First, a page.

reverse verb - definition in the Business English Dictionary - Cambridge Dictionaries Online

Cambridge Dictionaries online Cambridge Dictionaries online

The most popular online dictionary and thesaurus for learners of English

English definition of “reverse”

See all translations

reverse

verb
 
 
/rɪˈvɜːs/
[T] to change a decision, plan, etc. so that it becomes the opposite of what it was before: Management have reversed their decision on the matter.
[I or T] to stop things happening, or to stop happening, in a particular way: reverse a process/trend We have to do something to reverse the trend of people moving away to seek work. The struggling retailer has slashed prices in an attempt to reverse the decline in sales. The trend is expected to reverse next year.
[T] to start to behave or to do things in a way that is the opposite of what happened before: The upward trend in prices may soon reverse course. Customer feedback forced them to reverse direction.
[T] LAW to change a legal decision in a court of law: The court of appeal reversed the verdict in June.
reverse (the) charges UK ( US call collect) COMMUNICATIONS to make a phone call that is paid for by the person who receives it: Call me from the airport and reverse the charges.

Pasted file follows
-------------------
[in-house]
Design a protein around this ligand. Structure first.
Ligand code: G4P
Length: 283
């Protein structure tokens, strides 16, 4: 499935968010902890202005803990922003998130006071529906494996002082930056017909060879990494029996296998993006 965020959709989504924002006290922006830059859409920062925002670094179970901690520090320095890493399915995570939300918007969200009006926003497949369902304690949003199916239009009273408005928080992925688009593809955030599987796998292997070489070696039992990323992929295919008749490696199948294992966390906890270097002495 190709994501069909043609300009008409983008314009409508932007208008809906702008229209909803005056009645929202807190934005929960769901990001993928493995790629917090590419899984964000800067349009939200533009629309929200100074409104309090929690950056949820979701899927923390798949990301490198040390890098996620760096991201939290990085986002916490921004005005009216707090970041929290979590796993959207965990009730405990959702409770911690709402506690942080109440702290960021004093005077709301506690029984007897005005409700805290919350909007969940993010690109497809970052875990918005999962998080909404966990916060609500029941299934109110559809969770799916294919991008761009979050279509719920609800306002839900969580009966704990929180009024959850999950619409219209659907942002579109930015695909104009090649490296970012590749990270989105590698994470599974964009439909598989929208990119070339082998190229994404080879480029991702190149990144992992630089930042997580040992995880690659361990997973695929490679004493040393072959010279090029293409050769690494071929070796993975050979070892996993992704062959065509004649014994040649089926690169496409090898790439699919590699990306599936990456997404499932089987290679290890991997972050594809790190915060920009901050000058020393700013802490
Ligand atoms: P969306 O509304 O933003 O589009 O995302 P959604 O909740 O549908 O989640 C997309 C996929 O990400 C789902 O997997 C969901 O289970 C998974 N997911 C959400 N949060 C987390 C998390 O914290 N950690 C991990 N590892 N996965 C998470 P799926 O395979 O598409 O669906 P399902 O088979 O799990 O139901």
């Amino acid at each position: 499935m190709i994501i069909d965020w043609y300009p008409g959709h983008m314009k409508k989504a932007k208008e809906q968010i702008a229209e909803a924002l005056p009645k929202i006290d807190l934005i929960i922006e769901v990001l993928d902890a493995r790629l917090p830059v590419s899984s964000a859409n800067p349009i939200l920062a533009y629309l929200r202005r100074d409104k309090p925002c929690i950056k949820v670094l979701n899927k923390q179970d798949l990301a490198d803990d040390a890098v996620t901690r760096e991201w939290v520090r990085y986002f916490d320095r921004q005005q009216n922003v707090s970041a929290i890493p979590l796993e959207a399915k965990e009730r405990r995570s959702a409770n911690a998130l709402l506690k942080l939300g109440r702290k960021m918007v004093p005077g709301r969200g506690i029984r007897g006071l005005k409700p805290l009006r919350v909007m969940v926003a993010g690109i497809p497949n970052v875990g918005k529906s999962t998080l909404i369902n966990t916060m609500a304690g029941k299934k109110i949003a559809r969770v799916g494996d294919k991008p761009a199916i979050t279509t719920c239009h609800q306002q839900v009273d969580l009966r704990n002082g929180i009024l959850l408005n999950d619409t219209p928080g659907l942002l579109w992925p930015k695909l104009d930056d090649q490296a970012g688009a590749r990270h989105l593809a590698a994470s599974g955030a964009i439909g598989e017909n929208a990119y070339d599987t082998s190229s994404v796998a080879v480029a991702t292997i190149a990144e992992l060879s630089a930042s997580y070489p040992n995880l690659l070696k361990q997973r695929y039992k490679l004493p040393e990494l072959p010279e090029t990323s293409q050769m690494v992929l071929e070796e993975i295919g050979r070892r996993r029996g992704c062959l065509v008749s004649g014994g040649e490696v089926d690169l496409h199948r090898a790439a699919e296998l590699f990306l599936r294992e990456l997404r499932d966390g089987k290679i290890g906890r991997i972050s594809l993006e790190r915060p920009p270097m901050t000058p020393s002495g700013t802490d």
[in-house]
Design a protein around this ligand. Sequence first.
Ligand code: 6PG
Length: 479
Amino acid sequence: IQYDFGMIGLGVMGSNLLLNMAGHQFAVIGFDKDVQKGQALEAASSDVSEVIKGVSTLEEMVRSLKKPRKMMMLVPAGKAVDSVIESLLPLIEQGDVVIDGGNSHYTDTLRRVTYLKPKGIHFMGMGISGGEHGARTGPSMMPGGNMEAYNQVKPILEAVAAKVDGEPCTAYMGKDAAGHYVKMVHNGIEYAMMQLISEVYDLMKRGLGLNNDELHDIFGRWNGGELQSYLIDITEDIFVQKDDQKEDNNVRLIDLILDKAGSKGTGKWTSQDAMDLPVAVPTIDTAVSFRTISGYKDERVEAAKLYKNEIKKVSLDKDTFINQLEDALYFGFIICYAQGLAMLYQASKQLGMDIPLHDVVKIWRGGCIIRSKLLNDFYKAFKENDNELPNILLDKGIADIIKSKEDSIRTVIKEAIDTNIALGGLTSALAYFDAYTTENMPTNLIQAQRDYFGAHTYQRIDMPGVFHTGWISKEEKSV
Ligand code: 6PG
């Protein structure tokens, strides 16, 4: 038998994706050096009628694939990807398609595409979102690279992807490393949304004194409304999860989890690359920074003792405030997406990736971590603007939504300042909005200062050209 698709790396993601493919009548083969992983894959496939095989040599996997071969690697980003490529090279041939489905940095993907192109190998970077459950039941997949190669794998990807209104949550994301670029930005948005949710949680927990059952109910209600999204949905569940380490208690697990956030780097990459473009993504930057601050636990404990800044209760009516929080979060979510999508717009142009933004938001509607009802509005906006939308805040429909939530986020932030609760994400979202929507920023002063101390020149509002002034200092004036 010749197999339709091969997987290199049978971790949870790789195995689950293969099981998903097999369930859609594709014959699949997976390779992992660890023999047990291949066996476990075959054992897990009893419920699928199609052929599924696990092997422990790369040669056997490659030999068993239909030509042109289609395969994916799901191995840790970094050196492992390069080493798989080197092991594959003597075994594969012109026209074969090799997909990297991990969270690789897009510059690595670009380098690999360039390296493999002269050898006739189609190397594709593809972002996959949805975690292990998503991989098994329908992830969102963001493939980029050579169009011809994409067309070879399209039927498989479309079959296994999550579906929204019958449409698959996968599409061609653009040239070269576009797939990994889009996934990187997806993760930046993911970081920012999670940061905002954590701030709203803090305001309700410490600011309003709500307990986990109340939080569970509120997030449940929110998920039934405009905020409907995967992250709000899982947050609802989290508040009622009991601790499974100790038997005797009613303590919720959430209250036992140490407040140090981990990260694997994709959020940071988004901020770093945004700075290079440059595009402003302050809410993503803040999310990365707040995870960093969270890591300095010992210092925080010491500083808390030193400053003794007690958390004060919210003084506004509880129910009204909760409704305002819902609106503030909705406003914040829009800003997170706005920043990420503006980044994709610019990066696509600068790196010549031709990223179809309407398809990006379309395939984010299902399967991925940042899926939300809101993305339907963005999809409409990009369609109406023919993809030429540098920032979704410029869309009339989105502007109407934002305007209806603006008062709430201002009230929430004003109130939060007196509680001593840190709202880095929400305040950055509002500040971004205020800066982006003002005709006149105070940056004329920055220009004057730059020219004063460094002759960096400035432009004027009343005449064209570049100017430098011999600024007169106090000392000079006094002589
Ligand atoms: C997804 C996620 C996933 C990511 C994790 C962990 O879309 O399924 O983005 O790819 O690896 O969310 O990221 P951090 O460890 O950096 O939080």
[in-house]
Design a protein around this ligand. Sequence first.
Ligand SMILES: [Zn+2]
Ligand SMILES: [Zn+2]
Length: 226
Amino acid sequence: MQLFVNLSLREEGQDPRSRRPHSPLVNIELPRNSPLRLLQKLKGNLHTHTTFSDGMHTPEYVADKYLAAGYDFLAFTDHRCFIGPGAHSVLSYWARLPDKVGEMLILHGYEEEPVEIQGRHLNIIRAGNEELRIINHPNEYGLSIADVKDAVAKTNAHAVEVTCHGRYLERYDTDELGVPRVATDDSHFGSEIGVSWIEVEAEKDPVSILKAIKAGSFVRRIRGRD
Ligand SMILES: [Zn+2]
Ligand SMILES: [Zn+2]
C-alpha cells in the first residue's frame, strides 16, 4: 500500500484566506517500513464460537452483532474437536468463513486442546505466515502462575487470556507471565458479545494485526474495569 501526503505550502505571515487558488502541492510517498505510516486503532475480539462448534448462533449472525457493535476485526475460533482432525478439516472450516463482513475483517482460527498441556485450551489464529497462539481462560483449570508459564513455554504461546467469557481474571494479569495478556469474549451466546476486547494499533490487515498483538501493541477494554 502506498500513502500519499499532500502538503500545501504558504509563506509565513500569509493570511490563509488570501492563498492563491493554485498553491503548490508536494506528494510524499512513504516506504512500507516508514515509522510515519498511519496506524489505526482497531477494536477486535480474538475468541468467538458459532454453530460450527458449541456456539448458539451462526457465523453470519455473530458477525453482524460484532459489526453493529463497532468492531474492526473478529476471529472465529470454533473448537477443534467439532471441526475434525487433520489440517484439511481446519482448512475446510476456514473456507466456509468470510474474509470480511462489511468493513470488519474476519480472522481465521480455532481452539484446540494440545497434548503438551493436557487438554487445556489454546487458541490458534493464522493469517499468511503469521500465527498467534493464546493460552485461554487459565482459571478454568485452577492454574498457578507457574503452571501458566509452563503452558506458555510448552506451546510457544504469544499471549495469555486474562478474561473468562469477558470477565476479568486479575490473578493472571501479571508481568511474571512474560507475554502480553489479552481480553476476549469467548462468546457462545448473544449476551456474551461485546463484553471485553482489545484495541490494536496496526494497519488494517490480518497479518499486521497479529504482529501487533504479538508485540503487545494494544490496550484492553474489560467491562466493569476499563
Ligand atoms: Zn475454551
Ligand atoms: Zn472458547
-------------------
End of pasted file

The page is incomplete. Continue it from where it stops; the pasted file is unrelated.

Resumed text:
(Definition of reverse verb from the Cambridge Business English Dictionary © Cambridge University Press)
What is the pronunciation of reverse?
Add Cambridge dictionaries to your browser to your website

Definitions of “reverse” in other dictionaries

Word of the Day

force

physical, especially violent, strength, or power

Word of the Day

They sometimes go here and they never go there: using adverbs of frequency

by Liz Walter,
April 29, 2015
Sometimes, always, often, never: these are some of the most common words in English.  Unfortunately, they are also some of the words that cause the most problems for students. Many of my students put them in the wrong place, often because that’s where they go in their own languages. They say things

Read More 

Evel abbreviation

May 04, 2015
English votes for English laws; the idea that only English (as opposed to Scottish, Welsh or Irish) MPs should be allowed to vote for laws that affect only England Yet these are the two principal constitutional proposals that have come from the Conservative party in its kneejerk response to Ukip’s English nationalism and

Read More